Jun 122017

Myth #2

I should avoid exercise, especially weight training

Putting weight through the spine such as standing, walking and sitting encourages healthy bones, discs and joints. Exercise such as swimming and using weights helps strengthen muscles to support your back.

LBP myth2

Studies have shown that continuing with regular exercise can help you recover sooner – including using weights where appropriate. You may have to modify your usual exercises initially, but you can gradually increase the intensity of your exercise and increase any weights used as your back pain improves.

It is normal to feel some discomfort or post exercise soreness and this does not mean that you have done yourself any harm.

If your back pain lasts a while, lack of movement and reduced activity can cause the muscles to become weak. This makes it more likely that you could have back problems in the future. Exercise is the most important way to ease the stiffness and pain in your back, build up muscle strength and stamina, and improve your flexibility and general fitness.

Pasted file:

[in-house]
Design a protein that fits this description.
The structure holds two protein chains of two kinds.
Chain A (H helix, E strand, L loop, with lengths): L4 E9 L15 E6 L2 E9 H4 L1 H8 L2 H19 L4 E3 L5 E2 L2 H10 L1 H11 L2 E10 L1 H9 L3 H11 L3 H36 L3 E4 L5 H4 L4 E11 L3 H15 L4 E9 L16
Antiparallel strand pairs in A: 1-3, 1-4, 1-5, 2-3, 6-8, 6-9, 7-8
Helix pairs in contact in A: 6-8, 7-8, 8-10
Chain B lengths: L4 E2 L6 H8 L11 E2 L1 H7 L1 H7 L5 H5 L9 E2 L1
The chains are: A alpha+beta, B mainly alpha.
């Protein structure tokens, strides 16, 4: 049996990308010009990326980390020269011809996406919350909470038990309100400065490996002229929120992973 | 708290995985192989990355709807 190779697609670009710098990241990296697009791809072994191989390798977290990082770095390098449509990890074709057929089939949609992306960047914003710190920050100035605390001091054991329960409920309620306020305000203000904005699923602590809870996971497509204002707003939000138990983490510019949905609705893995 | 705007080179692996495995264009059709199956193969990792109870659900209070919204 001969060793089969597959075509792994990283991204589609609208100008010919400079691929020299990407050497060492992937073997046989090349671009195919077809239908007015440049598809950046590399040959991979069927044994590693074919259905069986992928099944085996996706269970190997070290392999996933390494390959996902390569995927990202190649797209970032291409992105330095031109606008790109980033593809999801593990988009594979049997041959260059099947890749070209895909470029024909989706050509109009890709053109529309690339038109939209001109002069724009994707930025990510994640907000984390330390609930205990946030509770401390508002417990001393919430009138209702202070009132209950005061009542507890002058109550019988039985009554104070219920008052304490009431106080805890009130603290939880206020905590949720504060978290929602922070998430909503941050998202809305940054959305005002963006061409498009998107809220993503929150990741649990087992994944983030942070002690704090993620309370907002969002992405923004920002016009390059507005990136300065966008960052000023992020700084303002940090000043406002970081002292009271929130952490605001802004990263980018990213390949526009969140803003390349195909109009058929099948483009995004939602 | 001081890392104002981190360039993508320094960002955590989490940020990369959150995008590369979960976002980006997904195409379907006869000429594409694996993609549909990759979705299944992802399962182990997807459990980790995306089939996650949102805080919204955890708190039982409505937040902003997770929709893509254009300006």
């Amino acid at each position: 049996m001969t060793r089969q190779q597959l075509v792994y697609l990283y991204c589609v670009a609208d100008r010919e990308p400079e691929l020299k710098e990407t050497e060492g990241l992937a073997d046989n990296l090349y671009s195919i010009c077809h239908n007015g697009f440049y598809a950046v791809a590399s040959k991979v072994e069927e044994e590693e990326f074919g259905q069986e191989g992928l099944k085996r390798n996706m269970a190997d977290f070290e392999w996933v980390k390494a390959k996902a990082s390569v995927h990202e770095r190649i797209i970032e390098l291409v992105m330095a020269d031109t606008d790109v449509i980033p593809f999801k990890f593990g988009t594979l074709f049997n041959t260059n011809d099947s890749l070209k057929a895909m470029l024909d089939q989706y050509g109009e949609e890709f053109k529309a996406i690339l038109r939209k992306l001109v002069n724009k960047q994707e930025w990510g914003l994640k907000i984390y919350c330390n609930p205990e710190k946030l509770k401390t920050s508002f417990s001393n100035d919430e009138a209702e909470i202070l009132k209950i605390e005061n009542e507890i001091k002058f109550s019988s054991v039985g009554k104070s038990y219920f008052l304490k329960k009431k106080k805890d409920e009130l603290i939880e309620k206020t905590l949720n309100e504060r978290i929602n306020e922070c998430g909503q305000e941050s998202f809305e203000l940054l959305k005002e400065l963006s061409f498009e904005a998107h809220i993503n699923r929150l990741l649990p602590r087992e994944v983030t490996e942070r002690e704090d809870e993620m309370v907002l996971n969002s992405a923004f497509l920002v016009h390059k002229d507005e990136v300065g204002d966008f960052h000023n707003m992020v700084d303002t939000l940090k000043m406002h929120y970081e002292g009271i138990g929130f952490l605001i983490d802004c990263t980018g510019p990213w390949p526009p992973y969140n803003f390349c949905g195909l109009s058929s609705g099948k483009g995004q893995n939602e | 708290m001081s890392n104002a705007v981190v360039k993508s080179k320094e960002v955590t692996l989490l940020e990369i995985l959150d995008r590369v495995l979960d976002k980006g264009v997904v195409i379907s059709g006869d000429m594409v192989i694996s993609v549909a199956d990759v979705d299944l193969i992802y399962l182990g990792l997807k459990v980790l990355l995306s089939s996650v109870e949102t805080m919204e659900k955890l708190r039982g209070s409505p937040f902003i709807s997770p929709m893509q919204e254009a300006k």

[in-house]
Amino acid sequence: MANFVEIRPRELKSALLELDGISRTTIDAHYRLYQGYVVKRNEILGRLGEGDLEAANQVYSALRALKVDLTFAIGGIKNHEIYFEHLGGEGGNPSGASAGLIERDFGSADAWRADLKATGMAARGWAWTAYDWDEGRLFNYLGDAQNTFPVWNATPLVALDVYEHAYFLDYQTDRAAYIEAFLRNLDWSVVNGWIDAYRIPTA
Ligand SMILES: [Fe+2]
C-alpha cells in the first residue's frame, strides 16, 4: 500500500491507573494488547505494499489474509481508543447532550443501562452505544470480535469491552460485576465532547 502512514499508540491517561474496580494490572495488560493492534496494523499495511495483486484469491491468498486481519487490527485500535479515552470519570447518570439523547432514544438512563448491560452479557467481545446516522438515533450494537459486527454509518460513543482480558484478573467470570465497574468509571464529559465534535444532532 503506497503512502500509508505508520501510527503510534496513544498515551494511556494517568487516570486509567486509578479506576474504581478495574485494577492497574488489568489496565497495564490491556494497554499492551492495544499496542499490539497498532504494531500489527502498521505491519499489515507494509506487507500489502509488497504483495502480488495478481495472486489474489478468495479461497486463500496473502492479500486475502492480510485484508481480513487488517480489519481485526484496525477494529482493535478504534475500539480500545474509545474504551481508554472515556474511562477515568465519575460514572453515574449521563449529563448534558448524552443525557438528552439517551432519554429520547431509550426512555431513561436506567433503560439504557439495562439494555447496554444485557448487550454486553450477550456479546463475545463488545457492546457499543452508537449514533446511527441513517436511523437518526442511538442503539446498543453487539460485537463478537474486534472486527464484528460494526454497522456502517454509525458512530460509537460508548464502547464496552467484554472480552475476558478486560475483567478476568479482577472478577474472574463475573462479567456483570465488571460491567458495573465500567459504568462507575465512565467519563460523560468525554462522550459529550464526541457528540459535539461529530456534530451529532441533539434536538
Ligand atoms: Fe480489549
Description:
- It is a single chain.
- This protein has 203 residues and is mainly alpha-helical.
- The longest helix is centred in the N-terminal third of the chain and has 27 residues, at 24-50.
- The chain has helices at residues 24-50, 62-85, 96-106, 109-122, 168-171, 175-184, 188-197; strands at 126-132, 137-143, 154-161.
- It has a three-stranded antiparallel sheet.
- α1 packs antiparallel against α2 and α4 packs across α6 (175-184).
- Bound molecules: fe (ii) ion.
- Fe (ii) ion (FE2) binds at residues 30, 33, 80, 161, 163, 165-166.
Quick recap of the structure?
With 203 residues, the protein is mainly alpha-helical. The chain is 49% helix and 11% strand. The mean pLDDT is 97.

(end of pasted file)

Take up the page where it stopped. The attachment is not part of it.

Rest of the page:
Stay active and continue your regular day to day activities. Initially when your back pain has flared up, this may mean just going out and walking. As you start to improve you can increase the amount of activity you do. You can do any activity that gives your body a good work out. Choose something you enjoy, that way you are more likely to stick with it.

Activities that you could do include walking, cycling, swimming, aqua aerobics, yoga and Pilates. These are low impact exercises that may be more comfortable to start with. As your back pain settles down you can go jogging, running and do other higher impact exercises and sports. There is no reason why you cannot use weights to exercise as long as you lift them correctly and do not lift weights above your ability.

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